People Before Tech: The Importance of Psychological Safety and Teamwork in the Digital Age

Author: Duena Blomstrom

Date discussed: 28 February 2023

Review by: Mae Keary

“Giving people more money, titles, responsibility or perks, while nice und useful, is not nearly as good as giving them a work environment where they feel heard, supported, and can flourish. It’s that simple.”

This quote sums up ‘new ways of working’, Duena’s theme on writing this fascinating book. The author has skilfully woven together the attributes of personal management with that of computer skills, to provide a fresh approach to new ways of thinking and working.

In doing so she applies her own terminology to describe concepts raised in her book. For example, she introduces ‘human debt’, which relates to a lack of emotional quotient (EQ) in the workplace. One  where human connection and teamwork have been neglected, demoted, and shunned. It is worth exploring Chapter 1 to find out more about digital disruption and the speed of technology, in which extreme growth happened in organizations, but mistrust thrived.

Next, she introduces Agile, a mindset to introduce new ways of thinking (WoT), and of working (WoW) to bring change at team and people levels, and to demonstrate the missing care and respect that appears to be missing. Thoughts of how to do this are expressed in Chapter 2.  Her goal is to eradicate Human Debt through Psychological Safety, but before that the concept of team as a group is examined, and where change can be affected fastest. This is explored in depth in Chapter 3, plus how to empower it through Psychological Safety.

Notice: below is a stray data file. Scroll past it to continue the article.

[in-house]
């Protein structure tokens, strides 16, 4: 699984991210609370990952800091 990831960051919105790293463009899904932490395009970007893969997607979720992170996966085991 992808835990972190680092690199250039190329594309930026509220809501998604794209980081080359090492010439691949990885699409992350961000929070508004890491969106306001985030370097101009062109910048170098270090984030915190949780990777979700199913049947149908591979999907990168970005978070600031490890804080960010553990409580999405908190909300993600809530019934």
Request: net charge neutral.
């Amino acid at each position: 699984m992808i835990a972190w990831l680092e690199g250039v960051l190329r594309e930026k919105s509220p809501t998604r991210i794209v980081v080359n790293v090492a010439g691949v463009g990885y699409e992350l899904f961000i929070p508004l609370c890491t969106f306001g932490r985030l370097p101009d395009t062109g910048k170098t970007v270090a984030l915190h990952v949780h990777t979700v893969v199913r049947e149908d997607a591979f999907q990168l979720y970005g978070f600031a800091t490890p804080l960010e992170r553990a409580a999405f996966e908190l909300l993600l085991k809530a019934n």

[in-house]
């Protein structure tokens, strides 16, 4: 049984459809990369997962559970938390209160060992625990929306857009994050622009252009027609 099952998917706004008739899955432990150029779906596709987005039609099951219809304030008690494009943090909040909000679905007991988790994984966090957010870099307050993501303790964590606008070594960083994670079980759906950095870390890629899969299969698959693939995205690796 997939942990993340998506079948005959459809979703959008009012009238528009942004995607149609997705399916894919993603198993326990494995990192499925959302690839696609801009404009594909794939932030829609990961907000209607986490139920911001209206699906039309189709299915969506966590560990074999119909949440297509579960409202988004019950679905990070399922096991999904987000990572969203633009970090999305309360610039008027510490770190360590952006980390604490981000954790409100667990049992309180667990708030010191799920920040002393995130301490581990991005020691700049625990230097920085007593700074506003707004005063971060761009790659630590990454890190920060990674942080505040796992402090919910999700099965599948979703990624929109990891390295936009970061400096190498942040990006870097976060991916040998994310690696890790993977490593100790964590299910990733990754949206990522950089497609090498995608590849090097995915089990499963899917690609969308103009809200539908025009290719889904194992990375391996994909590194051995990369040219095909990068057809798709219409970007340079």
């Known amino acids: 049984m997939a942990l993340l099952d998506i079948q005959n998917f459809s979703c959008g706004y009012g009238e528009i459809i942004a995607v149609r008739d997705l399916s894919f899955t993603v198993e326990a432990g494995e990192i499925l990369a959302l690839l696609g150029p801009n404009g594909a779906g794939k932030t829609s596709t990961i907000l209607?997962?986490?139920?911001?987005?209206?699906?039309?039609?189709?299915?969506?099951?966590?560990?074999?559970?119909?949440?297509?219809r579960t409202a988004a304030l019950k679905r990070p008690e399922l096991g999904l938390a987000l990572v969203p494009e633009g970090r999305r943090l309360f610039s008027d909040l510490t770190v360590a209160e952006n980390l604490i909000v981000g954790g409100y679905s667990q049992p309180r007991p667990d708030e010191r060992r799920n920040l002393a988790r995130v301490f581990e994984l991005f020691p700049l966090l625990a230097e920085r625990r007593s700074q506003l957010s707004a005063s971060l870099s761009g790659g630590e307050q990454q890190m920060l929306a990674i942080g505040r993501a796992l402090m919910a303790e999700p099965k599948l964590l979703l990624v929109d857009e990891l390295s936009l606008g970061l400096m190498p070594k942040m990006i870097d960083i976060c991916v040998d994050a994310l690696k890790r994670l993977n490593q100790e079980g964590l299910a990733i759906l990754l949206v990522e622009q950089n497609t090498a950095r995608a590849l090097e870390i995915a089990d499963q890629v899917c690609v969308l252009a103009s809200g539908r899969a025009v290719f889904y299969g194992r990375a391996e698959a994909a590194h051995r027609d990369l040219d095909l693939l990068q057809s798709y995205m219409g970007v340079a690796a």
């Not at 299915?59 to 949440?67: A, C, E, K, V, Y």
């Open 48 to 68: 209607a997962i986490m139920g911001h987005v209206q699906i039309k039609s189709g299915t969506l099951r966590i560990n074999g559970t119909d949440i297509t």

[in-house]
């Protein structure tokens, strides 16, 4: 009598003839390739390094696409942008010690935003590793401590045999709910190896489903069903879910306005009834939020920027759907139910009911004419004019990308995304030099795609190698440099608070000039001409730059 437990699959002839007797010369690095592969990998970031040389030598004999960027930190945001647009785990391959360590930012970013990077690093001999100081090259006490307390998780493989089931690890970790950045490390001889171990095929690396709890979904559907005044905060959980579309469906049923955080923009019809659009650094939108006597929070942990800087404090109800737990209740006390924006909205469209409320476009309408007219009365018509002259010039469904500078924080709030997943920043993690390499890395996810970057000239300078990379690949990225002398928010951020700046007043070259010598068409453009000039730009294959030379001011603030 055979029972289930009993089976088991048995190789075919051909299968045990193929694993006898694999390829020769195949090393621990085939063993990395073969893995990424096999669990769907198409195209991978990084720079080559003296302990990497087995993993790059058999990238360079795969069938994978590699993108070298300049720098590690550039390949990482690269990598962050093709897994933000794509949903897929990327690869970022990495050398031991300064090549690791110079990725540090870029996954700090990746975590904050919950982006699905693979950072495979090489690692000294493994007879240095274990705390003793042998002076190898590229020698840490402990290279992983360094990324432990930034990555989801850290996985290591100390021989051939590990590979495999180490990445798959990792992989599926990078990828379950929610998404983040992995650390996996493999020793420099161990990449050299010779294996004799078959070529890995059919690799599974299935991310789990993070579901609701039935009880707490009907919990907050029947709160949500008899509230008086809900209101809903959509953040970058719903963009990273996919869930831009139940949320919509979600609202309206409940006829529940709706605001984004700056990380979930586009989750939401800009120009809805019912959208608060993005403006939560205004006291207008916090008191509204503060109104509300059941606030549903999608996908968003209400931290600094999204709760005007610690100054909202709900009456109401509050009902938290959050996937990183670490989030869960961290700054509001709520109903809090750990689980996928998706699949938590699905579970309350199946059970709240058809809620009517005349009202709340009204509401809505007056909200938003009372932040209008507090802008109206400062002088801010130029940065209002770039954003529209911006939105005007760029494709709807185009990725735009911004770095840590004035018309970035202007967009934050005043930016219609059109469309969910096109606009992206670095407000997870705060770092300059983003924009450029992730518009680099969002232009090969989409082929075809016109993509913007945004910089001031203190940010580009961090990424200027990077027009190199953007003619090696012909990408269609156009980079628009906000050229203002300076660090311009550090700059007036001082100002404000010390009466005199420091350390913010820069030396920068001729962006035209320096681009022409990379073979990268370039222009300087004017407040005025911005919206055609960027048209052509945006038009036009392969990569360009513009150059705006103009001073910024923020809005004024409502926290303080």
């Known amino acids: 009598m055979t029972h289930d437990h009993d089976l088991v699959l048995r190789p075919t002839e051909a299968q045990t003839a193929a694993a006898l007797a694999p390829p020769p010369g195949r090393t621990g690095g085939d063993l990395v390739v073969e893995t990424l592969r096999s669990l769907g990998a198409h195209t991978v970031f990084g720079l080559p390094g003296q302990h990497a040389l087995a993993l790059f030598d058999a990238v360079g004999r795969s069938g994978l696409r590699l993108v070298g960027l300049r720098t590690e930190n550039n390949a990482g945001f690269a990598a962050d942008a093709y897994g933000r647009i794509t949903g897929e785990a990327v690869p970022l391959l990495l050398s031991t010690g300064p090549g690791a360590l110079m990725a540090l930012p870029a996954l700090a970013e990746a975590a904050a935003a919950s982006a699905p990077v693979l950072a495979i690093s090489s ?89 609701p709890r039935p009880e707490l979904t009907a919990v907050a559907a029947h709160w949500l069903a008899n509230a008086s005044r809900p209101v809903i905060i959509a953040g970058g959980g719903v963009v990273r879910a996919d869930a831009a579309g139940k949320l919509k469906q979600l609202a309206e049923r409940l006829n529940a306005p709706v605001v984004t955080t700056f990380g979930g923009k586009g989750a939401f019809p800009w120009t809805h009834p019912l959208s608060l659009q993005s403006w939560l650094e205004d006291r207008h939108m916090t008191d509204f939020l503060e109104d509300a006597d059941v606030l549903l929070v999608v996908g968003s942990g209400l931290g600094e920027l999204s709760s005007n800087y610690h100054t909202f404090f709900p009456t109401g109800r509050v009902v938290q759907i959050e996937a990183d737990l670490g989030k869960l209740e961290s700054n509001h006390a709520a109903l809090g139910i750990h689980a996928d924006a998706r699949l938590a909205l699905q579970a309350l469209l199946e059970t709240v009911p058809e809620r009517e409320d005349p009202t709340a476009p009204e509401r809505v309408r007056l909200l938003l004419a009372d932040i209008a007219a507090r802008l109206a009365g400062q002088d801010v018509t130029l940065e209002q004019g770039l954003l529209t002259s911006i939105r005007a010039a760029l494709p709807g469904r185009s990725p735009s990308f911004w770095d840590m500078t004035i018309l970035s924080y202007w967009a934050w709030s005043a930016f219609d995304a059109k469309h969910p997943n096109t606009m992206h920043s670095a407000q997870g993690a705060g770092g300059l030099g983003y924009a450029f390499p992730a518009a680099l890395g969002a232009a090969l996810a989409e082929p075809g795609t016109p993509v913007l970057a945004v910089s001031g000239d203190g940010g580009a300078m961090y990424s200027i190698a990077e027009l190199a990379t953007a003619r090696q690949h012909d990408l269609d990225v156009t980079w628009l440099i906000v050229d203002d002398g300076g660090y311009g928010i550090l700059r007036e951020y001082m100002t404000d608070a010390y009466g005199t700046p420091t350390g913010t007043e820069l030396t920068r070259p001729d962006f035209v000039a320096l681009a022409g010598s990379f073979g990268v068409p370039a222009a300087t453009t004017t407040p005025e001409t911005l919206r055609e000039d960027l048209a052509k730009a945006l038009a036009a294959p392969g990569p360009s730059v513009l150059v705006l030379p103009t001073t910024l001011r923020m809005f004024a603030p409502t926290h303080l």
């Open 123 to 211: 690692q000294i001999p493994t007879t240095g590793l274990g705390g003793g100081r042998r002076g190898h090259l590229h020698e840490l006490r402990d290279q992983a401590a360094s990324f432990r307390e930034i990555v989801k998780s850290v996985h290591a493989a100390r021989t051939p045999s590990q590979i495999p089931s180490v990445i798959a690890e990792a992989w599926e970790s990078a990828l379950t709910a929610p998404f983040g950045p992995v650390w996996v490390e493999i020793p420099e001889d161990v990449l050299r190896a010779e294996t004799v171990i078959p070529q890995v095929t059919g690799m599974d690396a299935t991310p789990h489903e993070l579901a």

She argues that the missing factor is the lack of empathy shown towards staff, who are not prioritized and valued. To resolve this missed opportunity and to invest in people, Duena examines in more depth her new idea, of ‘Psychological Safety,’ which is a set of behaviours and a handful of components to focus on and to effect change.  Chapter 4 explores the idea together with ‘team dynamics’, where the relationship of these two concepts is explained.

The author’s great concern is to improve employee happiness, and in Chapter 5 she illustrates the application of Psychological Safety and EmotionaI Intelligence in practice. Surprisingly, HR is rediscovered, and coupled with Agile methodologies to invigorate workplaces. Her thoughts on impression management are helpful, as it is yet another fear leaders can help resolve.

In the final chapters, 6/7 case studies and personal experiences are used to describe ways of allowing humanity and emotions back into the workplace. Plus, impressions of her post-pandemic view of the world, and the effects of digital transformation. Learning to trust and understand humanity is now wanted and welcomed in high-tech companies. People vs technology is at the heart of this book, and in particular, the reaffirmation of our humanity in the wake of the rapid pace of digitalization and other technological changes. All levels of staff in organisations would find this book exciting to read.

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